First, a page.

Clocks, Watches/centurion clock


I have a key-wound pendulum clock that i've had since the early eighties. It has been a great clock for many years. Recently it has started stopping every  time the hour hand reached the one oclock hour. This happened a few months ago and I laid it on its back and sprayed wd-40 up into it and it seemed to fix the problem but it has started again and just refuses to run past the one oclock hour. What can I do?

Randy, The name "Centurion" probably means this is an Asian 35-day clock.  It sounds like there is a bind in the lifting of the strike mechanism near the one o'clock hour.  I would have to remove the dial and observe the action of the lift as it nears the one.  When we service a clock, we note old lubricant,clean the parts, check for wear, correct the problems and then lubricate at SPECIFIC points. Many clocks stop because of gummy lubricant and/or worn parts. The reason I mention this is that spraying with a solvent will soften the old lubricants and the clock will run for a while.  Spraying, leaves a residue on all the parts of a clock and no cleaning is done.  As a result, the old lubricant and grit from previous wear will continue to wear the parts, such as pivots and bushings.  Also, we do not use WD-40 for correcting clock problems.  It is basically a water displacement solution which helps inhibit rust, and I use if for many applications.  Unfortunately, if we clean clock parts that have been sprayed with WD-40, it will contaminate the cleaning solution.  Therefore we have to run the parts through a pre-cleaning process, repeating a few times to remove this residue.  Sometimes this comes close to doubling the service charge.  I recently delivered a clock that had been sprayed with a different type of solution and evidently missed a bit of the residue and had to do the job over.

One more bit of information, some of the Asian clocks have some inherent wear because of the materials used.  We very seldom restore them because of the amount of labor required to bring them back to reliable running condition.  In our shop, if we take one in with a nice case, of if it has sentimental value to the customer, we will replace the movement with a quality quartz unit with a cathedral chime.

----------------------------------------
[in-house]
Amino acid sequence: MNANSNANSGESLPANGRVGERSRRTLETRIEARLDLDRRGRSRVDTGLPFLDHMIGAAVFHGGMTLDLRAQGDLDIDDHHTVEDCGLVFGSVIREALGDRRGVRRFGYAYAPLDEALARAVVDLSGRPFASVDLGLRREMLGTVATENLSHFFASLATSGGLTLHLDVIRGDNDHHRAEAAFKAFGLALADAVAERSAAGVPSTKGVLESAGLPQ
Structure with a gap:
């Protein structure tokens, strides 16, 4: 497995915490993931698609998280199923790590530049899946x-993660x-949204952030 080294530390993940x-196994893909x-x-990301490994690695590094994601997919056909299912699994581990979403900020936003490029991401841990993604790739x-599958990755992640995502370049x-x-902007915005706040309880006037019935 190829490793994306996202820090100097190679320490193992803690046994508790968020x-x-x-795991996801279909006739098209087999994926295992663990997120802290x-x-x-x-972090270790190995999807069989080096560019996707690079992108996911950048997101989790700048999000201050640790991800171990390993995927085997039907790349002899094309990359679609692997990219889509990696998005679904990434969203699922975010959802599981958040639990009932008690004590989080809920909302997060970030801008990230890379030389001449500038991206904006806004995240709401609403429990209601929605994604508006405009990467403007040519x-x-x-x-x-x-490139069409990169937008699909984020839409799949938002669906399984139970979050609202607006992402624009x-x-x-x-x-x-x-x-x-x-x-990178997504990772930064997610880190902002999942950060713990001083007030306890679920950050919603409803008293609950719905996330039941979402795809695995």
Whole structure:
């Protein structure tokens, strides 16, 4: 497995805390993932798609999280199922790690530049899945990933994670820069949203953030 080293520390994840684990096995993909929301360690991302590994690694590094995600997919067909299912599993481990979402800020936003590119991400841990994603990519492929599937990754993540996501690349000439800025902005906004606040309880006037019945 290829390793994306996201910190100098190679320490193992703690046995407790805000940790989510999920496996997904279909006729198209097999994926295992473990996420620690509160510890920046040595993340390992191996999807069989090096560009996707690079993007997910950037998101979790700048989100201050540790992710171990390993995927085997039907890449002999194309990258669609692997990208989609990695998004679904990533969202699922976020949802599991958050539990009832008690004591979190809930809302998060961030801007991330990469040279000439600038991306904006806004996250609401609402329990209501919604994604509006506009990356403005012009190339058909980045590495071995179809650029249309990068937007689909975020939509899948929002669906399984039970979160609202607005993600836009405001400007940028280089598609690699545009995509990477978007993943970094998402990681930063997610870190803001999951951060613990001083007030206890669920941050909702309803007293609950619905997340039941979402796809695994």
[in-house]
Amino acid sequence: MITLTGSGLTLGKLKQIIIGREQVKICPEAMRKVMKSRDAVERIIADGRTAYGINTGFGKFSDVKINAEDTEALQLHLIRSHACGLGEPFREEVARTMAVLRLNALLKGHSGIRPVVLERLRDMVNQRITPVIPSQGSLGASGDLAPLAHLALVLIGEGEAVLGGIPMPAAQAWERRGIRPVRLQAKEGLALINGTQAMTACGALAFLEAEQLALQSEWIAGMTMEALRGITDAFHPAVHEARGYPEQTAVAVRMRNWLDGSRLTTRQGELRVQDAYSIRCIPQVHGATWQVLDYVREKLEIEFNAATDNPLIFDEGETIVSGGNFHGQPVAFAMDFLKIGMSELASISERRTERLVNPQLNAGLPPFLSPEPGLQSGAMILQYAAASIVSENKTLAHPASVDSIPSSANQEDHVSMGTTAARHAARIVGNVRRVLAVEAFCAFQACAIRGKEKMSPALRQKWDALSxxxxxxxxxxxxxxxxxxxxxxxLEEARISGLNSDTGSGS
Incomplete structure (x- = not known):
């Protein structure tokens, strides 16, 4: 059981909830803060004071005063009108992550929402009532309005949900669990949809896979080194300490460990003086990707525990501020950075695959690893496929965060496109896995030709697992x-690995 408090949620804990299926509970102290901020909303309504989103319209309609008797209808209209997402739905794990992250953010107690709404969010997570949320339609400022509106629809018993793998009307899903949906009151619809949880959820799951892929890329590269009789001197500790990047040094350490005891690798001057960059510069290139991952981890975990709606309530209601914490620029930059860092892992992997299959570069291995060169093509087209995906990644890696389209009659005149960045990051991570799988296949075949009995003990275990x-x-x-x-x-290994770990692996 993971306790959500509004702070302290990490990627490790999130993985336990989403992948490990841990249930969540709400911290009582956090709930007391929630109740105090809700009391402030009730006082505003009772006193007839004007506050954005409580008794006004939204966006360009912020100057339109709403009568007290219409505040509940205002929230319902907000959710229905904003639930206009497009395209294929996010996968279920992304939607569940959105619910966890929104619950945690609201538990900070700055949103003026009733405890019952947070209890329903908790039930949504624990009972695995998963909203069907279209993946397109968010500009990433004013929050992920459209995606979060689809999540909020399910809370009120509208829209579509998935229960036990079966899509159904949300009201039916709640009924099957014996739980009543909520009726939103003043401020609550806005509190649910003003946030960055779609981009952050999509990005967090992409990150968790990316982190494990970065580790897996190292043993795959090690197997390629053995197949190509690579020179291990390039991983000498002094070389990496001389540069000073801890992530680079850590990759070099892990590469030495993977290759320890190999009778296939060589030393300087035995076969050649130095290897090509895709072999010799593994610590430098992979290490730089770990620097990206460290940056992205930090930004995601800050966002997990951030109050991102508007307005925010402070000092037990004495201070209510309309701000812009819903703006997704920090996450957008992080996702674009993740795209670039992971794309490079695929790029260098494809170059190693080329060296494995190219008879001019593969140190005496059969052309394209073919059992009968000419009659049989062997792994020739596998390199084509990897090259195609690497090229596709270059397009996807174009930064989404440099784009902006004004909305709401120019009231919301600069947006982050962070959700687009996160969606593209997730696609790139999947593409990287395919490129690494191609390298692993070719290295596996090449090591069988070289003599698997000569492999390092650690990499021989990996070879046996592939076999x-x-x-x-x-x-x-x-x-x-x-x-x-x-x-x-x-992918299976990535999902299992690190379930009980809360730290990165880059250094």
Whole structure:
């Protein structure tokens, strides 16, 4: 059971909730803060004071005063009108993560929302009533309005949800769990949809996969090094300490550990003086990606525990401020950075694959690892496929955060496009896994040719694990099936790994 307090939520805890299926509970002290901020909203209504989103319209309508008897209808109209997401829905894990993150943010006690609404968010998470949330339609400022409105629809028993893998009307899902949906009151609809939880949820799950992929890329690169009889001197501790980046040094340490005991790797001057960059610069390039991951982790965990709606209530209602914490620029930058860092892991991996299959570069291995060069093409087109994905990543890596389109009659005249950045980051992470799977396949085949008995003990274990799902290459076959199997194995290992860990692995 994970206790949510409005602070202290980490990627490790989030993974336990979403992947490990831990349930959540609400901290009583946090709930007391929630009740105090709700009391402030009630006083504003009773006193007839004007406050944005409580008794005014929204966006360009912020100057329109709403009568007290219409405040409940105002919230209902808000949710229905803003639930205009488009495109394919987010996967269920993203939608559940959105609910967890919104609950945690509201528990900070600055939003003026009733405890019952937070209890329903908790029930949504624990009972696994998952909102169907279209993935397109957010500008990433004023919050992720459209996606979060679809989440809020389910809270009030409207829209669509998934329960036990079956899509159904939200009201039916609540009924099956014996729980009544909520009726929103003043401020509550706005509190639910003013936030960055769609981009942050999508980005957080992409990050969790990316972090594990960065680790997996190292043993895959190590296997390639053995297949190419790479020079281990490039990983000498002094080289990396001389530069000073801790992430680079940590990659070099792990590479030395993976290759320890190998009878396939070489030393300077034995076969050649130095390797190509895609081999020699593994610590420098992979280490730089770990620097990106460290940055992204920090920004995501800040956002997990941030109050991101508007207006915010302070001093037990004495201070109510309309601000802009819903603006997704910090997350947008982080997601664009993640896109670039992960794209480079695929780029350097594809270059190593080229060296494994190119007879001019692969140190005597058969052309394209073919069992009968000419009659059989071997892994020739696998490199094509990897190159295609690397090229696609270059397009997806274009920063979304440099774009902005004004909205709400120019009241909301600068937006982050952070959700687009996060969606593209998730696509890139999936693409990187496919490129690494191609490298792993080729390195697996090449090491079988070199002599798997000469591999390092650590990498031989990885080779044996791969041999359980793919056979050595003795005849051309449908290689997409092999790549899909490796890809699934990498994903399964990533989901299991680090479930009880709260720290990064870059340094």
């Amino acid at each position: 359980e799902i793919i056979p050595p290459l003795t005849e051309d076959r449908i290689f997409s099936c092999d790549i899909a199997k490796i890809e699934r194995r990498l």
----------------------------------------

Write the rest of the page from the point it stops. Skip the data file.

After all of that, I will try to directly answer your question.  If you can take the dial off, run the clock until it stops when it reaches the one o'clock hour.  Without touching anything, take a clear digital photo of the front of the movement and email it to my shop email address below.  I will see if I can detect anything that you might be able to do to fix it.

John Newman
Vintage Emperor Clock Consultant
Old Prattvillage
Prattville, Alabama

Note concerning questions not related to Allexperts:  Because of my commitment to answering Allexperts questions within a prescribed time limit and the large backlog of clock work at my shop, I regret that I cannot answer personal email questions on a timely basis, other than Allexperts follow up questions.  I will try to answer these emails as soon as I can. Thank you for your patience.  

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John Newman


As I am not a certified appraiser I do not give values of clocks over the Internet. There is very little published information on what I consider to be the value of "modern production clocks". However, considerations are what the clock originally sold for, the condition of the case and movement, and particularly the area in which you live, the demand and the economy. ALSO, WATCHES ARE NOT MY FIELD. However, I can advise the clock owner on proper maintenance of a clock to keep it running, small corrections and adjustments and how to move a clock without damaging it. I can also advise on obtaining parts for clocks. As clock case model label numbers are difficult to relate to the movements, it is helpful if you can give me the information usually found on the movements themselves. Modern clock movements usually have the information on the back plate of the movement. I have been a clockmaker for about 40 years and was plant engineer in the mid 90's and later operations and engineering consultant at Emperor Clock Company in Fairhope, Alabama. I now have my own clock shop in Prattville, Alabama.


One of my greatest accomplishments was traveling to China to assist a clock factory in building clocks to the standards which we required at Emperor. With the proper specifications and quality control, some beautiful clock cases were built. The factory people from the wood carvers to the plant manager were very congenial, friendly and I left a lot of wonderful friends when I returned from my trips.

NAWCC (National Association of Watch and Clock Collectors) 30 years Prattville, Alabama Chamber of Commerce

Horological Times, a publication of the American Watch and Clockmakers Instute. Collaberated column author, with Photos and ideas for clock movement conversion article.

Associate of Science Mechanical Engineering Technology Emperor Introductory Clock Repair (Eventually taught a portion of the class after becoming employee)

Awards and Honors
Small Business of the Quarter (Prattville, Alabama) Leadership Class of 2009 (Autauga County, Alabama)

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